Ten to close the decade


Gaming in 2019 felt a lot like being the employee who’s given HR a two-week notice but is stuck navigating the uber-awkward time between actual departure and starting an awesome new job. We’re perched on the cusp of a new decade, and a new generation of game consoles officially beckons brightly in the near distance (hello, Xbox One Series X). Gamers are often all about the shiny objects, and it’s hard to appreciate what’s around you when everything is pulling you into what’s next.

So let’s dodge that obstacle like witnesses dodging the Senate’s upcoming impeachment trial. Here are the 10 games that sucked up my gaming time in 2019. 

Pokemon: Sword and Shield (Nintendo Switch, rated E)

By this point, there have been so many Pokemon games that Nintendo’s run out of colors and begun naming them after objects. Luckily, they haven’t run out of ways to freshen the experience. The first Pokemon games optimized for the Switch both added (Gigantamax versions!) and subtracted (no more random encounters!), coming up with an equation that felt exciting for the first time in years. 

Man of Medan (PlayStation 4, Xbox One, rated M)

I couldn’t have been more thrilled when the makers of Until Dawn announced their next project would be a series of horror games just like it: the Dark Pictures Anthology, a set of spooky games where every choice you make impacts the story and could spell the gruesome end of the callow crop of characters you’ve been charged with controlling. Man of Medan was a fun debut, tracking a set of mostly doomed 20-somethings whose South Pacific diving trip turns into a less-than-funhouse romp through a haunted World War II battleship.  

Fire Emblem: Three Houses (Nintendo Switch, rated T)

You can no longer engineer children in the latest and most sprawling edition of Fire Emblem (boo), but the alternative was somehow way better: Sparking romance between the sprawling cast of characters by pairing them up in jaw-droppingly hilarious tea-time dates. Spending time with your student-warriors — each one part of a house in a mysterious, Hogwarts-esque combat school — cements your bond with them. And, of course, makes it 100 times more devastating when they die on the battlefield under your command.

Sekiro: Shadows Die Twice (PlayStation 4, Xbox One, rated M)

The ass-kicking shifts to Japan, as Sekiro wrests the mantle of Most Brutally Difficult Game Franchise from its predecessors, the Dark/Demon’s Souls games and Bloodborne. Balls-out action’s the order of the day here, not stealth, but never fear: Your samurai’s still going to die a bazillion times before it’s all over.   

Resident Evil 2 (PlayStation 2, Xbox One, rated M)

So it’s clear that Capcom has every intent of re-glossing all the entries in its legendary survival-horror series with modern updates, kinda like Disney redoing its animated catalogue with CGI-heavy live action versions. If they can all look and play as well as this one — admittedly based on one of the best ResEvil games — we’re totally down for more zombie rehash.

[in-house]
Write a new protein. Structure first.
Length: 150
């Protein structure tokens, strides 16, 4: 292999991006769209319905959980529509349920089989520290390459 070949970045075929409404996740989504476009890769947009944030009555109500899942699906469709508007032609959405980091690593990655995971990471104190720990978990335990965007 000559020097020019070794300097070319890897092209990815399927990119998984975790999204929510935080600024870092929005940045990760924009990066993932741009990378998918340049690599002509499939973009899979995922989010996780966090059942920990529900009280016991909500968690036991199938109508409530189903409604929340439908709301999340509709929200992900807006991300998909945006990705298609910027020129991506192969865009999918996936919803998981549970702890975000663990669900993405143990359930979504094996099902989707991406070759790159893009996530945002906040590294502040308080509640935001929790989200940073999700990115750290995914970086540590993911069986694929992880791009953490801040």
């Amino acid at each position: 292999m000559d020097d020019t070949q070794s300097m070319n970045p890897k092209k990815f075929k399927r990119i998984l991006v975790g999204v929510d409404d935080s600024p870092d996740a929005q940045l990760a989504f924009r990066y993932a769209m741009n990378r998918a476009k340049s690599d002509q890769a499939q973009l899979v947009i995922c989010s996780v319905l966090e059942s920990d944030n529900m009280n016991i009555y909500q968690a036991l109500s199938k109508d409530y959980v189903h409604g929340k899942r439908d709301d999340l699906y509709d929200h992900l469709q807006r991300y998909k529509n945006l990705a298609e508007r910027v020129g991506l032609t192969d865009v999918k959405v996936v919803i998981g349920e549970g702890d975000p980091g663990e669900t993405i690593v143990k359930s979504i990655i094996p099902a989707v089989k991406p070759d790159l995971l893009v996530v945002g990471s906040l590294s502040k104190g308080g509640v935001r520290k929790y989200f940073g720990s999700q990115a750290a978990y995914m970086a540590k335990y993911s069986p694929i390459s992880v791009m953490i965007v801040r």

Control (PlayStation 4, Xbox One, rated M)

Remedy Entertainment is responsible for some of the most interesting and head-bending action games of the last decade (Alan Wake, Quantum Break), so it’s not exactly surprising their latest was a must-play, too. Jesse, the woman who can wield telekinetic powers with way more creativity and aplomb than Sophie Turner’s Jean Grey did in the X-Men: Dark Phoenix movie, isn’t even the most interesting character here. That honor goes to the Oldest House, a brutalist palace of supernatural secrets that’s like the best haunted mansion ever. 

SteamWorld Quest (Nintendo Switch, Rated E)

The SteamWorld franchise continues to blaze its way through the catalogue of game genres, hitting us with fun curveballs at every turn. The original was a platforming Dig Dug variant and the first sequel was a turn-based shooter. SteamWorld Quest marries collectible card game elements to a turn-based role-playing game with unexpectedly deep mechanics and an adorable robot cast. Advancing the story comes down to careful cost calculation. Get lured by the siren’s song of expensive spell and attack cards in the early going and your characters will quickly be reduced to a flaming pile of scrap metal. 

Slay the Spire (PC, Nintendo Switch, rated E)

Speaking of card games, there were none quite as engaging as this one, an addictive little mix of deck building and dungeon-crawling that challenged you to make decisions about adding new cards to your arsenal on the fly after each battle. The bizarre mix of artwork and the sheer joy of executing an unexpected card combo kept us coming back for just one more run. 

Cadence of Hyrule (Nintendo Switch, Rated E)

Gimme a beat: Turns out that grafting the rhythm-based gameplay of the offbeat indie game Crypt of the NecroDancer onto Nintendos’ Legend of Zelda Universe was a stroke of pure genius. Both Link and the beasts he must beat back can only move and attack in time with the music, which adds an entirely new rhythm and flow to the proceedings. Mash the buttons and tap your toes. 

The Outer Worlds (Xbox One, PlayStation 4, Rated M)

The indictment of modern capitalism we didn’t know we needed arrived in the form of The Outer Worlds, a bite-sized and hilariously funny sci-fi role-playing game where you, as a Rip Van Winkle type who was frozen in suspension through the rise of a truly awful galactic corporate dystopia, must decide how much of a revolution you’re willing to launch. This is a game in which talking’s way more important than shooting (although blasting robots is certainly fun, too). Your cast of complex sidekicks is worth the price of admission alone.